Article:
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Sounds impressive KCL, did you see my recent post 'water pump'. The problem is that the inside flange has rusted away. Mike C5 replied and said that he doubted that JB weld could be trusted and that cast iron welding / machining would be the way - or get a better pump. No suitable pumps are available here in the U.K. so I wondered if this new stuff could be used on cast iron ie; save my water pump? What do you think?

thanks,

Ray.

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I can't see that cast iron would react any different than steel bolts or steel body metal sheeting. However I have no experience yet on using the Q Bond directly on a surface that something is going to use as a bearing surface. In other words if I were doing your fix I would make a bearing out of a large 2 or 3 penny nail, cut it,bend it and square it on a grinding wheel until it conformed to the collar or sleeve. Then use the Q bond silver powder to hold that to the pump body. I would not run something on the Q bond. At least not something that would spin at water pump speeds and have a thrust spring bearing down on it.

I forgot to mention in my 1st post that you use bits of masking tape as a dam to hold the powder into the space you want to fill. The powder of course wants to run out down the sides of the gap. I used masking tape on the central vac repair as the sides of the gap were square and so the Dremel cuts were open at both ends. The tape was simply peeled off after the Q bond hardened.

I have 2 blister packs of unopened JB Weld still on my tack board. I will still be using JB Weld because it has some uses that a powder can not be used for especially a vertical one. The only problem I have found with JB Weld is the age old problem with all 2 part epoxys. They are all mixed 50/50. How good are you at mixing it? Although it will always harden I've noticed that sometimes if you scrape it, it is very hard and sometimes it's not. Is it mix sensitive? Is it temperature sensitive? I dont' know. But this Q bond isn't mixed. The liquid is simply drizzled on the powder and the powder instantly turns all wet. In the next 5 to 10 seconds it hardens. Unlike JB Weld you cannot put a mark in it with the edge of a screwdriver blade. JB Weld says you can drill and thread it. Have you ever tried that? I have it. It just breaks up. This Q bond does not I suspect because 50% of it is not 'hardener'. Except for the 1% or so of catalyst/glue, it's 99% metal powder which seems to react 100% with the catalyst before temperature has time to be a factor. In fact like all of these space age glues it gets hot during it's curing stage but that passes very quickly. I have since used it to repair a door handle. I cannot 'break' the handle at the break. I will let you know as time goes on what I use it on and how it works. But for the $20 I would add it to my shop.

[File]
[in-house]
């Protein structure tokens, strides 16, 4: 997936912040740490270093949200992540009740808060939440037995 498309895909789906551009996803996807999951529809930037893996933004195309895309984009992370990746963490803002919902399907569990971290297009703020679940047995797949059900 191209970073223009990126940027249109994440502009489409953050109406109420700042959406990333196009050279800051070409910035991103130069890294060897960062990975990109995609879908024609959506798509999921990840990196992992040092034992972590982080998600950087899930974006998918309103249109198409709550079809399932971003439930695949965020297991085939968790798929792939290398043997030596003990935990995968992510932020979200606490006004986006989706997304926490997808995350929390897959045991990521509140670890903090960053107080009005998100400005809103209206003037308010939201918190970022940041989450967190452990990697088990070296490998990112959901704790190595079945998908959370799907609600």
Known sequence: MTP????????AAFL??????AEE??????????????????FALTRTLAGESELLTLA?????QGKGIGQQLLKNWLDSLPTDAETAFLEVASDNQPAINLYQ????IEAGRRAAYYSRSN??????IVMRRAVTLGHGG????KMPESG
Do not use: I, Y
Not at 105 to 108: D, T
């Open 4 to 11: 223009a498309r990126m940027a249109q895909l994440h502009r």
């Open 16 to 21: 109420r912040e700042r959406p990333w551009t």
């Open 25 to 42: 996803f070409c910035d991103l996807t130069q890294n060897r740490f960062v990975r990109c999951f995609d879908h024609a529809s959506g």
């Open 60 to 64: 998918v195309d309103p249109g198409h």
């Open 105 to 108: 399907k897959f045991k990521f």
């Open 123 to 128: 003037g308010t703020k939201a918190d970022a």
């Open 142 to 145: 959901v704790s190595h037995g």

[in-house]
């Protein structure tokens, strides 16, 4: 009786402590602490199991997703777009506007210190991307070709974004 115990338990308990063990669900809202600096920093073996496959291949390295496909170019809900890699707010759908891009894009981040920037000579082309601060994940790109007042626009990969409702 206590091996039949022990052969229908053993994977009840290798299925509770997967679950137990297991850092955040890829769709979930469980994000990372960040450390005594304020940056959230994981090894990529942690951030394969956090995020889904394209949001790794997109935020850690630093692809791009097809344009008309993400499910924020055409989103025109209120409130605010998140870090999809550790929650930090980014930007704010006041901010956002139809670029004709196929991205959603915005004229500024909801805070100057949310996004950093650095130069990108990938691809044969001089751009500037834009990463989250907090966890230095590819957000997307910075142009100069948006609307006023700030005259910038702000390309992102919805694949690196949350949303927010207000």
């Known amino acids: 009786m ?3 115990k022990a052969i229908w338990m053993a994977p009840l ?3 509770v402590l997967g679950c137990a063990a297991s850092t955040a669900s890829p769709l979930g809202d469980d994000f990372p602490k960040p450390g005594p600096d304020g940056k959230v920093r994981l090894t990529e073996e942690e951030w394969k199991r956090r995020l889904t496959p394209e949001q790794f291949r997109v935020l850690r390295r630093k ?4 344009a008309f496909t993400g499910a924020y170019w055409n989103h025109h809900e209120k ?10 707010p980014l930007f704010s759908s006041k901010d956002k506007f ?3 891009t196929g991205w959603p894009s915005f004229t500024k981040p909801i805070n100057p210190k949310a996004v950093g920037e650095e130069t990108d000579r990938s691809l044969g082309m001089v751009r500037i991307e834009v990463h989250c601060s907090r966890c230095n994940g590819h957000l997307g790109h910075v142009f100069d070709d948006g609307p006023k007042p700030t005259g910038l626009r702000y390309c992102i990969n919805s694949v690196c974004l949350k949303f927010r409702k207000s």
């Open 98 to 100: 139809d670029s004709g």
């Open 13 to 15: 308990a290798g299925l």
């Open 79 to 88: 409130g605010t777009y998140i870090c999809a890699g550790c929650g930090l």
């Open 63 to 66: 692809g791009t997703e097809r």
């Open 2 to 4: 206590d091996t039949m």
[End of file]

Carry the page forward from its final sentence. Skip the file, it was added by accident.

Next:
Edited by DodgeKCL (see edit history)
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Hello Dodge KCL. Thanks for responding to my water pump problem. I will be trying the Q Bond treatment to repair the rusted flange whose purpose, as I understand it, is to enable the impeller to efficiently direct water without the two surfaces actually touching. I would ideally like to find a better

replacement pump to refurbish, rather than throw hundreds of pounds at this poor one. Should the Q Bond not do the job, then I have fabricated a thin, stepped, aluminium flange which could be bolted between the two halves of the pump; however the original flange would first need to be ground off, but in doing this, the positive locating fit of the two halves would be lost and a less accurate mating would have to be accepted. Neither of these options are ideal but whatever works,

will have to be tollerated for the time being.

Will keep you posted,

Cheers,

Ray.

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Thanks for your suggestion DP. I had considered brazing and milling but how do you stop it from building up underneath? if it does, how do you get to it to remove the surplus. I expect suitable machine tools are available but would be costly. I am no expert, so if you can help a home mechanic/engineer with more advise it would be most welcome.

Ray.